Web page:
DENVER—CenturyLink’s Bill Walker described the operator’s move to software and network virtualization, through the application of software defined networking (SDN) and network function virtualization (NFV), as a completely disruptive endeavor—one that has affected virtually every level of his company’s operations.
Moreover, Walker said in comments here at the NFV & Carrier SDN event that SDN and NFV technologies will “change how people use the network.”
CenturyLink, of course, has been vocal about its transition to virtualized services—the company has said that it has virtualized fully 60% of its POPs. But, as Walker explained, that work wasn’t smooth or easy. And he should know; Walker is CenturyLink’s director of IT architecture for NFV, SDN and cloud.
For example, Walker said that CenturyLink’s systems previously would issue an automatic alert to a technician when a function would fail, so that the technician could find and fix the error. However, that system no longer works in a virtualized environment, Walker explained, because some of its latest software-powered services can automatically heal themselves. Thus, he said, the company’s systems would still send out a technician alert despite the fact that the software-powered service could resolve the error within seconds. “Now we have to change an operational flow that’s been there for 20-30 years,” he said. “We’re learning together and building a devops environment.”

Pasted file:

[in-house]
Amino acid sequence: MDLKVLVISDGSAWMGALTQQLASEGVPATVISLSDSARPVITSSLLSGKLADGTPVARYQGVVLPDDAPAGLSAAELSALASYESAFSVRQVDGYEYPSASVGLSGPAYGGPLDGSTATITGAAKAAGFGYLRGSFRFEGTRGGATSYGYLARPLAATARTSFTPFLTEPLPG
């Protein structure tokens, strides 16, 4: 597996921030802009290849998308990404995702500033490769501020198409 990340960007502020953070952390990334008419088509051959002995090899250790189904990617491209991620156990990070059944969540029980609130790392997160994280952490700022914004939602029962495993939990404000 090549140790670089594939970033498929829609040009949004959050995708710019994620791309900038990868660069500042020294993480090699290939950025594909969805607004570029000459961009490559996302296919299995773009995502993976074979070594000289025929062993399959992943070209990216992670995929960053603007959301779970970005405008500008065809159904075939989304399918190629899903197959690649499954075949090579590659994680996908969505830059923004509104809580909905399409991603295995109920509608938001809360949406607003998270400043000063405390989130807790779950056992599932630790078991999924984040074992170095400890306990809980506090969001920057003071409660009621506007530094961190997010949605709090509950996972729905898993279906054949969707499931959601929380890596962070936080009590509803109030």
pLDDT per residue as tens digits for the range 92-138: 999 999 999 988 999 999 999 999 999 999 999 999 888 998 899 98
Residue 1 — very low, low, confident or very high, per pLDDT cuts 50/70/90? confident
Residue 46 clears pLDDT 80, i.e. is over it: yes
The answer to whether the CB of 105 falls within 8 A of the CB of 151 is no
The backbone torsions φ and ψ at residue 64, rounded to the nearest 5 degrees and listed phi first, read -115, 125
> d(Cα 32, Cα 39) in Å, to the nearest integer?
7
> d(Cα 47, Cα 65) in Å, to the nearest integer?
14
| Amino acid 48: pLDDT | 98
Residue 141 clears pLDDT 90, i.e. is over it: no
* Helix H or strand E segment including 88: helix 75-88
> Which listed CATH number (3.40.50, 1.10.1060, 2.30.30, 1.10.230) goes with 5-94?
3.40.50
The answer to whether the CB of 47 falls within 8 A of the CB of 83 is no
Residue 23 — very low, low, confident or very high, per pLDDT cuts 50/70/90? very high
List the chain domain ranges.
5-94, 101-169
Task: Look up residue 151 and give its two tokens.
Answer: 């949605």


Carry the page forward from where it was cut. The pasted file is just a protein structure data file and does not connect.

Nonetheless, Walker said the company’s move to SDN and NFV is a worthwhile effort, despite the fact that it requires so much work and change, mainly because it allows operators to both save money and more quickly launch new services. Indeed, Walker pointed out that CenturyLink previously would spend 6-18 months developing new services, whereas today it can run through three different upgrades to a service in a virtualized environment in that same time frame.
Further, Walker predicted that customer demand for bandwidth would continue to rise, particularly as small cells and 5G hit the scene. “People will find ways to consume whatever bandwidth we give them,” he said—hinting that 10 Gbps home internet service is on the near horizon.
Finally, Walker offered some tips for companies entering the SDN and NFV space, noting that companies need to review constantly, revise regularly, and revise on-demand. “You have to stay agile,” he said.
Specifically, Walker said that carriers and companies should avoid standardizing on explicit technologies, but should have some kind of service architecture that they’re developing around. He added that companies should work on developing products that are “kind of close” to what customers need, rather than creating “perfect products”—and then should iterate on those efforts. And he said that, at some point, those developing services need to “declare a success at some point,” rather than continually revising on their work. He said that development teams need to agree on a 1.0 version of a virtualized product or service, so that they can take a break and avoid burning out.